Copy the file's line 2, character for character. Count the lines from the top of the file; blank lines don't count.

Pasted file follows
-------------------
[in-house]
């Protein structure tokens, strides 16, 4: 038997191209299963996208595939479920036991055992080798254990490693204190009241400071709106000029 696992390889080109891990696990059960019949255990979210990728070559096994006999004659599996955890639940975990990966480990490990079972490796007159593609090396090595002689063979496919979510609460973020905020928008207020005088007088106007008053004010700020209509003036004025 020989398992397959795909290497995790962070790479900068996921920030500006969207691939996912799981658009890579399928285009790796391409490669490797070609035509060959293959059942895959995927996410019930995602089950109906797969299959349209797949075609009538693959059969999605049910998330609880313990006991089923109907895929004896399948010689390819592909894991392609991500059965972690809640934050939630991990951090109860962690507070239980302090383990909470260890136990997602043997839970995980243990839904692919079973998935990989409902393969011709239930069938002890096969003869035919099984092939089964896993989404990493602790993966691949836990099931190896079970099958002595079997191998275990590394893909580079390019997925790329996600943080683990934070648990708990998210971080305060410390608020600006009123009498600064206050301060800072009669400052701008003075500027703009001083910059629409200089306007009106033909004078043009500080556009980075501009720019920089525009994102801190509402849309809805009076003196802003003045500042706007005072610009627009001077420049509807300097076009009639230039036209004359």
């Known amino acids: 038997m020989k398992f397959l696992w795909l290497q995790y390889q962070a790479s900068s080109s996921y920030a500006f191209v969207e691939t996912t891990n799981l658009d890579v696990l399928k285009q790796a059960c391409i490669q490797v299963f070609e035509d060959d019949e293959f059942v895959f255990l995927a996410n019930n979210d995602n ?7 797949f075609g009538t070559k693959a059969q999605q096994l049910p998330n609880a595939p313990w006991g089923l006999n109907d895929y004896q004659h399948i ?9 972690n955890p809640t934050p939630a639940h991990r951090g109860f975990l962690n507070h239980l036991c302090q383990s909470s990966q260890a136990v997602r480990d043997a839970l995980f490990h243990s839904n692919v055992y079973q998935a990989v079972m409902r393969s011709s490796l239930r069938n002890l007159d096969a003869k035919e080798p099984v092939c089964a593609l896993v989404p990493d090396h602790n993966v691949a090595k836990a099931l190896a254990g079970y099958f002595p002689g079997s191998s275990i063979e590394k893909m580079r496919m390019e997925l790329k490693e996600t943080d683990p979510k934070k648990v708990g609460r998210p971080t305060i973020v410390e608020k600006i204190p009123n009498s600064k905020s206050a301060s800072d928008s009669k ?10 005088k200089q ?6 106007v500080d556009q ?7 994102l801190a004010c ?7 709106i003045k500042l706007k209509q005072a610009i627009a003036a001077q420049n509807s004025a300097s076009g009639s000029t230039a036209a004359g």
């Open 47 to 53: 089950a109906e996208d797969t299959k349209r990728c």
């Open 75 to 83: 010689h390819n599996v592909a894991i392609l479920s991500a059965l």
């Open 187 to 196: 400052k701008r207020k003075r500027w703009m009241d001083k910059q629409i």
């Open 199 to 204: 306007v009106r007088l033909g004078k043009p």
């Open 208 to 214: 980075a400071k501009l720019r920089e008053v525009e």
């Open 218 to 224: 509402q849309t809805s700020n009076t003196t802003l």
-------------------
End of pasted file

């Protein structure tokens, strides 16, 4: 038997191209299963996208595939479920036991055992080798254990490693204190009241400071709106000029 696992390889080109891990696990059960019949255990979210990728070559096994006999004659599996955890639940975990990966480990490990079972490796007159593609090396090595002689063979496919979510609460973020905020928008207020005088007088106007008053004010700020209509003036004025 020989398992397959795909290497995790962070790479900068996921920030500006969207691939996912799981658009890579399928285009790796391409490669490797070609035509060959293959059942895959995927996410019930995602089950109906797969299959349209797949075609009538693959059969999605049910998330609880313990006991089923109907895929004896399948010689390819592909894991392609991500059965972690809640934050939630991990951090109860962690507070239980302090383990909470260890136990997602043997839970995980243990839904692919079973998935990989409902393969011709239930069938002890096969003869035919099984092939089964896993989404990493602790993966691949836990099931190896079970099958002595079997191998275990590394893909580079390019997925790329996600943080683990934070648990708990998210971080305060410390608020600006009123009498600064206050301060800072009669400052701008003075500027703009001083910059629409200089306007009106033909004078043009500080556009980075501009720019920089525009994102801190509402849309809805009076003196802003003045500042706007005072610009627009001077420049509807300097076009009639230039036209004359």